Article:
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Basics of Photography: ISO, Aperture, and Shutter Speed

Basics of Photography: Exposure Value

Exposure Value (EV)

the term exposure value refers to the relationship between: aperture: the amount of light that the lens lets through to the sensor shutter speed: the amount of time that the sensor is exposed to the light ISO: the sensitivity to light of the sensor the term 0EV refers to a photograph that has a pleasing exposure: a good balance between highlights and dark areas nothing too dark, nothing too light: no image loss in either direction colour is strong throughout the gamut

Exposure Value (EV)

the term exposure value is a relative term there are many combinations of aperture, shutter and ISO that can achieve 0EV

1/800 @ f2.8 @ ISO 200

1/400 @ f4.0 @ ISO 200

1/200 @ f5.6 @ ISO 200

1/125 @ f8.0 @ ISO 250

1/125 @ f11.0 @ ISO 500

1/125 @ f16 @ ISO 1000

1/125 @ f22 @ ISO 2000

Exposure Compensation (+/- EV)

the term 0EV can be confusing photographers can use the term to refer to a perfect exposure Camera manufacturers use 0EV to refer to a picture that has had no exposure compensation dialed in many scenes that you will want to photograph will contain portions that are brighter or darker than the rest of the scene ie: that have different light values in the same scene

Exposure Compensation (+/- EV)

DSLRs contain light meters that examine every portion of the scene, and try to give you a 0EV photo based on what the camera guesses is the most important part of the scene ie: the camera tries to create an exposure that averages out any drastic differences in light values sometimes, however, the camera guesses incorrectly this is why the camera has a built-in exposure compensation that you can easily set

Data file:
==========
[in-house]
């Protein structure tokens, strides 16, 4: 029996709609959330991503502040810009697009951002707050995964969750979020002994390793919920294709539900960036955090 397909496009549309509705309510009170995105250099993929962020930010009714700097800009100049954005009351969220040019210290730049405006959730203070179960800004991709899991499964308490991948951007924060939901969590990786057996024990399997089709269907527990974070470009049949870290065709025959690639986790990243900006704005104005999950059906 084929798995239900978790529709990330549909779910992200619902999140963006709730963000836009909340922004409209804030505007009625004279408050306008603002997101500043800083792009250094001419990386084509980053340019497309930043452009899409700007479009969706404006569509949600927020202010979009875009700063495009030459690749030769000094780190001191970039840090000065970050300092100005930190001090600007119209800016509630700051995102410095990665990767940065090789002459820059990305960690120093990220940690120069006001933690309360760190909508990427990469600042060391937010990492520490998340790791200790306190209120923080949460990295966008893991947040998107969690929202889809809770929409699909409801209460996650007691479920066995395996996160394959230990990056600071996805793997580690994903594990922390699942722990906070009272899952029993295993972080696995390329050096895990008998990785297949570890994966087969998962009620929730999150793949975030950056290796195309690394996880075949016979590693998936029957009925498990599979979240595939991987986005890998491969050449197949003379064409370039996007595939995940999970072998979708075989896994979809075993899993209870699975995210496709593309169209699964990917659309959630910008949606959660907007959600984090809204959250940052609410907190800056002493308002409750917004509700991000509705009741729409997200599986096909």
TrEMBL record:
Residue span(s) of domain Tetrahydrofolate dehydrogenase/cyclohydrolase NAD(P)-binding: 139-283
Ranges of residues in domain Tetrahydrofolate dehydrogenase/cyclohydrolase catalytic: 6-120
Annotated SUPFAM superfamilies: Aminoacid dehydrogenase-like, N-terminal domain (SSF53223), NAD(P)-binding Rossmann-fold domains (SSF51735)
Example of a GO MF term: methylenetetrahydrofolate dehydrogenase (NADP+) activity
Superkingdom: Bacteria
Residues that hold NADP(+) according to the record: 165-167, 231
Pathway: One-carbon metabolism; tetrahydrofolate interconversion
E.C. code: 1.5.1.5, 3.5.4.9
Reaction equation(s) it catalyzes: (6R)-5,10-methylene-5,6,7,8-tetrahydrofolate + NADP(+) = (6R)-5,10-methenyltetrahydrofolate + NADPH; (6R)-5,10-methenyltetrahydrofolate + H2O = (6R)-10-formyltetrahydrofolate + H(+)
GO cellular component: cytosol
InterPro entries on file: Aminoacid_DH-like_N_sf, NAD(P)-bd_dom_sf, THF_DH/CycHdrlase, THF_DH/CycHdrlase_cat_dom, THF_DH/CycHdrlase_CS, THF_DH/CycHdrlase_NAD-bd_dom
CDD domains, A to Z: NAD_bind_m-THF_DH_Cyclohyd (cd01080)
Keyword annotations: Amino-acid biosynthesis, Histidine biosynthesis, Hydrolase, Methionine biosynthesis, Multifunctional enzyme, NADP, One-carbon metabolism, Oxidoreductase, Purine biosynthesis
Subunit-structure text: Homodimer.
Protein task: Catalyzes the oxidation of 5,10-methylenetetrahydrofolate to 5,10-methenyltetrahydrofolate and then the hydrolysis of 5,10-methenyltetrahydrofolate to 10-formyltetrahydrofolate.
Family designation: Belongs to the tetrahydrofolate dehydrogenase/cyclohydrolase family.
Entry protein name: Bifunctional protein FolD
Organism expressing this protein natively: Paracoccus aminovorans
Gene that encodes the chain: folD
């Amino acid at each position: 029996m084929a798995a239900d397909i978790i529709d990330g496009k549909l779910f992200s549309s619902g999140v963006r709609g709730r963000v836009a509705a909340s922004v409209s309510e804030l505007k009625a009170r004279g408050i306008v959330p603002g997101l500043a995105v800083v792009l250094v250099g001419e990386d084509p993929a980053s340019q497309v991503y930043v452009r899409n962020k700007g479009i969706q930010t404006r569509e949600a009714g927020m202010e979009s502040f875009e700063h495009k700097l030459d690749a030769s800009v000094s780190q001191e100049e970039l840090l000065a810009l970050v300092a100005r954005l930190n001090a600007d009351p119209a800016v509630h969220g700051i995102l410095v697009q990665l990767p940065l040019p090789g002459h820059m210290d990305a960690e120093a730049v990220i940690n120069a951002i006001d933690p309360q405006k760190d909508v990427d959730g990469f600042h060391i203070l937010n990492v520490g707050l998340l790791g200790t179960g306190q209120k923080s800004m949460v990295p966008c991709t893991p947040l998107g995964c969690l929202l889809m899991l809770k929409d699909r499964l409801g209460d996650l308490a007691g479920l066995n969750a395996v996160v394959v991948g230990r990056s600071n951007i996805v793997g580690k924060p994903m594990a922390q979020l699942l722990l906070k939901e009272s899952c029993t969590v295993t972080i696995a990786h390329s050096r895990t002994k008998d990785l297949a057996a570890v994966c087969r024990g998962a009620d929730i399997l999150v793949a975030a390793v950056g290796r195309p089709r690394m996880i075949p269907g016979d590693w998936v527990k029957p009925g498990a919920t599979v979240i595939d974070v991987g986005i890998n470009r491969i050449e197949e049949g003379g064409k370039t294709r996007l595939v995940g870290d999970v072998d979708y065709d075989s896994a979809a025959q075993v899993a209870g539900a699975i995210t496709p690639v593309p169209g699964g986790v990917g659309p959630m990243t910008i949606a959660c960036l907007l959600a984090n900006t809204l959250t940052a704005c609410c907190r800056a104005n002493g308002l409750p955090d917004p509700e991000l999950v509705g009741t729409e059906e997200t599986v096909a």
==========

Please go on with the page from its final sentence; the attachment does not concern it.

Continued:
Exposure Compensation (+/- EV)

+EV means that you are overexposing your image you are allowing more light to be exposed to the sensor, either through a wider aperture or a slower shutter, or you are making the sensor more sensitive (ISO )

-EV means that you are underexposing your image you are allowing less light to be exposed to the sensor, either through a narrower aperture or a faster shutter, or you are making the sensor less sensitive (ISO )

Exposure Compensation (+/- EV)

when we decide to compensate the exposure we often we dont know what the perfect compensation will be

so we bracket our exposures

bracketing refers to the practice of taking the same picture while methodically moving through a series of EV compensation values typically we begin by underexposing and then working upwards towards overexposing

0 EV

-3 EV

-2 EV

-1 EV

0 EV

+1 EV

+2 EV

+3 EV


-0.3 EV

+0.3 EV

+0.7 EV

+1 EV

1/60 @ f13 @ ISO 200 @ -0.6 EV